I will attempt a concrete example. So awestruck was I by my divorce, now two years passed, that I struggled to identify a satisfying way of responding to it. During our separation, I argued interminably with my now ex-wife over the senselessness of divorce. She persisted on that course anyway, and my inability to convince her of the worthiness of our relationship profoundly altered me. Language, the most potent tool in my arsenal, had failed to persuade her and I was left without any other means of protest. I didn’t know whether to blame our divorce on her insensibility or my inarticulateness, but I was certain that the miserable outcome involved the efficacy of language. I chided myself for not having mounted a more formidable verbal assault. If only I had found the right words, I thought, I could have won her back. My linguistic finitude terrified me, along with the revelation that the most transformational dilemmas of life may require more of us than we are capable of delivering.
After surgery, I’m more concerned than ever that my reduced rhetorical aptitude limits me. But I’m also exploring alternative modes of achieving authentic expression. I want everything I do, not just my verbal statements and written inscriptions, to constitute a refutation of my divorce and a condemnation of the brutish inanity of modern life. This more encompassing, extra-linguistic medium is nothing other than our very selves, the series of choices that in aggregate constitute our personhood and define our character. Formally, I was so obsessed with projecting an ornate linguistic construct that I neglected the basic actions impacting people around me. Because I valued language so highly and deemed it among the most direct means of accessing a spiritual reality, I wrongly assumed that I would be judged on the merits of my linguistic output alone. The old bromide “actions speak louder than words” is of course true, and goes some distance towards making my point. But for action to truly exceed language as a mode of spiritual expression it must attest to an unwavering devotion to principles that alone can compensate for our frailties.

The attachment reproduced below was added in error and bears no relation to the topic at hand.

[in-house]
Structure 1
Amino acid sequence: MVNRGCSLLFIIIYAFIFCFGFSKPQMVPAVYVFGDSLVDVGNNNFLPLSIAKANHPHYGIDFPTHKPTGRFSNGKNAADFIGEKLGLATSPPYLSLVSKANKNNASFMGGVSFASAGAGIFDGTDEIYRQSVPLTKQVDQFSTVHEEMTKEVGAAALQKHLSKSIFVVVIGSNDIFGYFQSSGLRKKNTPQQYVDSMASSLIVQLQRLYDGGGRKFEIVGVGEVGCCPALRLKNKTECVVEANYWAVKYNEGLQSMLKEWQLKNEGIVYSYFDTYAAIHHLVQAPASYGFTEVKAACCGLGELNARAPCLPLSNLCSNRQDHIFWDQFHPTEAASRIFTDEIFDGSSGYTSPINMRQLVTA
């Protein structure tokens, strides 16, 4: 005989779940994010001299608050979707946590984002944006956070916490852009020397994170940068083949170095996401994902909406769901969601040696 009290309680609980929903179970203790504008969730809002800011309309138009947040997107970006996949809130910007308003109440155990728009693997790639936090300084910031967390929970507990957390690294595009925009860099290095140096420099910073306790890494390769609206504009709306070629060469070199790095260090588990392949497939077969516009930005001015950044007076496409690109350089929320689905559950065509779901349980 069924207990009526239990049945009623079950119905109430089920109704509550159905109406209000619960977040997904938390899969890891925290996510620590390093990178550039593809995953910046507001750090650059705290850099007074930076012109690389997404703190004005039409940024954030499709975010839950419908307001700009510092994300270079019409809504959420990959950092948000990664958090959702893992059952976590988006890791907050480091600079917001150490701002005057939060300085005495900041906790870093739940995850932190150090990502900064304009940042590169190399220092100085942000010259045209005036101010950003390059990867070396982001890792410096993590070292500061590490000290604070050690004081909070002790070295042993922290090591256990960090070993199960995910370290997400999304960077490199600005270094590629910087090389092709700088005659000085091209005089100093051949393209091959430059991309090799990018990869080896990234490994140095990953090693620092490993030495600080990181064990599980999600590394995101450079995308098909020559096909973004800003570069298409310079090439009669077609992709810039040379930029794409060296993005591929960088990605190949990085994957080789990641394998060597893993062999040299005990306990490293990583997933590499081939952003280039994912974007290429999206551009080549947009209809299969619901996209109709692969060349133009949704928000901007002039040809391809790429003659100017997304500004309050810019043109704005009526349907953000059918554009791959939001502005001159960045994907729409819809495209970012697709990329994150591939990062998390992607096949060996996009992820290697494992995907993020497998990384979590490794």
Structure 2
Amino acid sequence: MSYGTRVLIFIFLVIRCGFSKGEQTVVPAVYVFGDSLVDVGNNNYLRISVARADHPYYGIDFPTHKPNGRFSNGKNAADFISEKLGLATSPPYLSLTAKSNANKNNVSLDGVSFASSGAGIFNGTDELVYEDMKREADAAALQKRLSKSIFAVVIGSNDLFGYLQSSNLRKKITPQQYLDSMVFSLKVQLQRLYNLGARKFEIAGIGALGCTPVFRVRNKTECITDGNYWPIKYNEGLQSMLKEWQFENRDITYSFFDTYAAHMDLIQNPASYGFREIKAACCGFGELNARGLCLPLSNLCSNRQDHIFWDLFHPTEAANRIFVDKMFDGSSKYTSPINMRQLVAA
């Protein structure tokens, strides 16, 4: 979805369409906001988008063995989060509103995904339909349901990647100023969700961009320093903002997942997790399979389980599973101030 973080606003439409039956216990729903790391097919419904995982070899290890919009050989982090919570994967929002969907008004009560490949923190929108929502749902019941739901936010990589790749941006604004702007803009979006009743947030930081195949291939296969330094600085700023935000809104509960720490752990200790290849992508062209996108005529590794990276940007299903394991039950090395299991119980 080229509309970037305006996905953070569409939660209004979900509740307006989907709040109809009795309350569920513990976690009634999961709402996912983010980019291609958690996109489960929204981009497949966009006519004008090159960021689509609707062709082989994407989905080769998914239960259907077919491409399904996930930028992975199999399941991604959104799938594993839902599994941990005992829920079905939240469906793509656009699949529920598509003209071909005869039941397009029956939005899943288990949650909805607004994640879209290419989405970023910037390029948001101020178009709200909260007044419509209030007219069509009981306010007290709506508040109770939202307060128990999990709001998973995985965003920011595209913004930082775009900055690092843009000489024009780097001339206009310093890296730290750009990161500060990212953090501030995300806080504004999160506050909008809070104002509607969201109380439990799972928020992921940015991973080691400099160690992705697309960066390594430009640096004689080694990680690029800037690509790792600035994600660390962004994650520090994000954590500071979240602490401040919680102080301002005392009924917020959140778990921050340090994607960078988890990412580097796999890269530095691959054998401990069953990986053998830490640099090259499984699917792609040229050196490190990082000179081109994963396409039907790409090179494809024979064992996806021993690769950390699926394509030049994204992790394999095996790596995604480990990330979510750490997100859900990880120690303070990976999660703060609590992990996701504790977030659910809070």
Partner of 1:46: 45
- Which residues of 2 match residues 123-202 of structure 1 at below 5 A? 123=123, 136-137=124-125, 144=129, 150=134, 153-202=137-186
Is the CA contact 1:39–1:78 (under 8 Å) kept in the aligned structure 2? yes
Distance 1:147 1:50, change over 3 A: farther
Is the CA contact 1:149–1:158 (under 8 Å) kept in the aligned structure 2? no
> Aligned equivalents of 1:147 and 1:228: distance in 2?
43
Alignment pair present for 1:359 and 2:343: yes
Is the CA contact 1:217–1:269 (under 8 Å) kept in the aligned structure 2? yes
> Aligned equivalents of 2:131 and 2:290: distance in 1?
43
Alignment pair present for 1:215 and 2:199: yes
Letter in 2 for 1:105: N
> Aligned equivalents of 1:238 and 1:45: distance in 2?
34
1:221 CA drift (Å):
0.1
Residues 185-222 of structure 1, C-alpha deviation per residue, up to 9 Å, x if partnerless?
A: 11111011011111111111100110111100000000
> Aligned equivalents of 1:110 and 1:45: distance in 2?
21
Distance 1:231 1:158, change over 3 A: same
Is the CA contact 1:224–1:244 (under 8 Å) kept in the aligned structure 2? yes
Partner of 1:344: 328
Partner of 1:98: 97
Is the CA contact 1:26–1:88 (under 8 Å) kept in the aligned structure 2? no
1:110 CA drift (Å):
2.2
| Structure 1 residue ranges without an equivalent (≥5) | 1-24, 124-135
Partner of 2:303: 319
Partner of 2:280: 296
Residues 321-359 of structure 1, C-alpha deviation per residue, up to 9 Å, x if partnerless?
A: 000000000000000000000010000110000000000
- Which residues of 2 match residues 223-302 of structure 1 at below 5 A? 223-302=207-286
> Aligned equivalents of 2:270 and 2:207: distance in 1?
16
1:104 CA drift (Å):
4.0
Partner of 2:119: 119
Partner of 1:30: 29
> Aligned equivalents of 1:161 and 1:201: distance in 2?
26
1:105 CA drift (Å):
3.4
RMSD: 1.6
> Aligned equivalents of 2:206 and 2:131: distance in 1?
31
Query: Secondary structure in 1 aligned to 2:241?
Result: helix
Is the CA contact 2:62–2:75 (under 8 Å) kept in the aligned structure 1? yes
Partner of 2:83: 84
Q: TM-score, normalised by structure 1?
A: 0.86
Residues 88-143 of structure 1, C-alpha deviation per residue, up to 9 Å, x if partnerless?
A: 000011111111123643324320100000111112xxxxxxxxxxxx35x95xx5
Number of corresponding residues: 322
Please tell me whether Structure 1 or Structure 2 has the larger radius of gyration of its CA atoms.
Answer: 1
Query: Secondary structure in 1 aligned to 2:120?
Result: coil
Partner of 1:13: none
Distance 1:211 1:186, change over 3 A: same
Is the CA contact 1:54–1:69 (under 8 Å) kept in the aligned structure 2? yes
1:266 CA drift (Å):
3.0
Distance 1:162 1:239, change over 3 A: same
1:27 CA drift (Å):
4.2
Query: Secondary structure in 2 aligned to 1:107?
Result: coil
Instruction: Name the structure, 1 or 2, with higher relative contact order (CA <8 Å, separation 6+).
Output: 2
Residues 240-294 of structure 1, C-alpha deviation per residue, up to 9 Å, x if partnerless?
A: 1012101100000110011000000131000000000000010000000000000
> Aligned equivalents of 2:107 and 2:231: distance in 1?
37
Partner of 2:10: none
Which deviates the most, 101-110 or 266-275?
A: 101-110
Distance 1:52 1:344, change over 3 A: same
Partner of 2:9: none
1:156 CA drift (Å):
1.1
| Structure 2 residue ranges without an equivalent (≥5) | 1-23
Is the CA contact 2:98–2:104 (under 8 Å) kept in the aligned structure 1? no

To my astonishment, I’ve spent precious little time formulating how my commitments constrain or compel my actions. Even if we subscribe wholesale to an established orthodoxy, we owe it to ourselves to deliberate on how those theological or philosophical propositions practically inform our lives. Any system purporting to embody a comprehensive worldview must be translated to our personal milieu, to our daily routines and circumstances. What does it look like for me to live out a given orthodoxy? What does it mean for me to live consistently? Only when we discover how our principles shape our lives and provide opportunities for authentic action can we overturn the limitations hindering our agency and frustrating our ambition. The audacity of consistency, the harmony of action and conviction, is a more powerful statement than any isolated human faculty can achieve. Exceedingly difficult, but of limitless value.